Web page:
Following 2017’s sell out run of Isolated Incident , Dance Attic Studios introduces its current in-house production, Going Ape! . Written by Andrew Corbet Bucher and directed by Evan Ensign (Avenue Q , Shrek: The musical , RENT , Phantom of the Opera , Elf: The musical ), the production boasts a multi-ethnic cast as it challenges both science and religion in a clash of theories.

Upon entering the performance space, the set mimics that of a primitive woodland. Plants, bushes, cave drawings, rocks and logs litter the stage. Partnered with the natural wooden floor of the space, it feels like being thrown into the middle of the woods. It is important to add that the choice of venue for this production was equally appropriate. In addition to the well thought out set, the stage size was perfect and the seating provided enough leg room and width for people of all heights and sizes.

Going Ape!’s central characters consisted of the Bible's very own Adam, Eve, Cain and Seth (with consistent mentions of Abel), along with additions Genevieve ‘Jenny’ and Lucy. In a showdown between the Christian belief that God created earth and man, and scientist's beliefs that humans evolved from apes in the form of Australopithecines - Going Ape! is set 300 years after Adam and Eve’s expulsion from the Garden of Eden, and explores what happens when science meets religion as Cain ends up bringing home Lucy, a result of evolution, he has met in Africa. Although in a twist of events, after evolving, Lucy ends up being more developed than the rest of them and decides to put on a show.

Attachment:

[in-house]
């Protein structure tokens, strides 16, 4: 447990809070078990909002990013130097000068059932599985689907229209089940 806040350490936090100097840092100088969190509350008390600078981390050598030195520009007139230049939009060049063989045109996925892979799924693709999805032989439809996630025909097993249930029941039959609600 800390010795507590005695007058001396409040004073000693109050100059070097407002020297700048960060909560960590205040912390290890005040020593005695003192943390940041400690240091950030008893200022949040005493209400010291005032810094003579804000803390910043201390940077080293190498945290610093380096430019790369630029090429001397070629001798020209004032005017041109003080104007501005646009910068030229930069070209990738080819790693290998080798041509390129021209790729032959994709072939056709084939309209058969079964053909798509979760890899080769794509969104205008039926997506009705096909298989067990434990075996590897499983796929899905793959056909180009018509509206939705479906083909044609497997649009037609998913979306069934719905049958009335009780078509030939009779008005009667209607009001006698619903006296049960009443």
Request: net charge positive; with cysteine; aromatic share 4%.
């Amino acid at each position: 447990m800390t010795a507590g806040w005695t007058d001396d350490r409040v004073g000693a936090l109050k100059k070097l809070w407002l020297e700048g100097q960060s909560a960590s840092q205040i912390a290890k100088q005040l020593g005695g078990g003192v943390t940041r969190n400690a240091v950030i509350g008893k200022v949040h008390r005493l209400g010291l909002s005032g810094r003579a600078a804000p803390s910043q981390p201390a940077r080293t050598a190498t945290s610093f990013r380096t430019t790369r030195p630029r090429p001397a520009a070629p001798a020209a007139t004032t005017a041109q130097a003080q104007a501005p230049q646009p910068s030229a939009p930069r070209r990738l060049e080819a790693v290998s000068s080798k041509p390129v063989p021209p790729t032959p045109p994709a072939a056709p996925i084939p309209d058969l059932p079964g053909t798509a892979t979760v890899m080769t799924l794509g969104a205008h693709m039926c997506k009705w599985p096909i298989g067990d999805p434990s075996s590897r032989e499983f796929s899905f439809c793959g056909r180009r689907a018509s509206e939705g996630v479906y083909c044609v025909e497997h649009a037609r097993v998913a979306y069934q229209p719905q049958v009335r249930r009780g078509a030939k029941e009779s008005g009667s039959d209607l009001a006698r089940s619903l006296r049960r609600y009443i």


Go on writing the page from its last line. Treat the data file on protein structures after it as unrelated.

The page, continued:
Whilst waiting for eldest son Cain (Jon Robyns) to arrive, the audience gain the opportunity to witness the relationship between Adam, played by Delroy Atkinson, and Jacqui Sanchez as Eve. Atkinson’s take on Adam is laid back and “laddy”, as he sports a white grubby vest, cropped tracksuit bottoms and black crocs. Adam is a simple soul who would possibly be considered as an ‘East End working class’ stereotype you’d find at the pub - if he existed in modern times. Complementing Atkinson, Sanchez’s portrayal of Eve is common and “flappy”, sporting a red velour tracksuit and pink slippers, her take on Eve belongs on a council estate. For the most part the chemistry between Atkinson and Sanchez makes it is easy to see how Adam and Eve were once blissfully in love. This traditional yet modern take on Adam and Eve works and allows a 2018 audience to potentially relate more.

Robyn’s camp and pretentious Cain, makes a big impact on the cast and provides yet more diversity in character types through his juxtaposing personality, which proves humorous throughout. Fitting the upper/middle class bracket and sporting a white shirt, grey cardigan tied around shoulders, grey shorts and grey pop socks.

Unfortunately, the script itself became slightly unclear and confused (with no fault to the actors), and there were times when the piece dragged. Puns were often lost, some lines were tripped on and at times comedic elements felt pre-empted and forced. However, there were some genuinely funny moments within this production, with a particular mention to the audition/ production scenes where the audience seemed to positively react. Anabel Kutay succeeded in her “dippy” and materialistic conveyance of American Genevieve and often received the audience’s laughs through her expressive facial expressions and characters constant need to be center of attention. Emmerdale's Gemma Oaten and Jon Robyns also put on good performances throughout, with Oaten particularly shining at the end as the exasperated and perplexed director.

Going Ape! had the potential to be considerably better taking into consideration the calibre of the actors. However, the production itself was well directed and there were elements of genuine humour. If you’re looking for a production with a bizarre, yet interesting concept, Going Ape! provides just that.

Reviewer: T. Smith

Reviewed: 6th October 2018

North West End Rating: ★★★★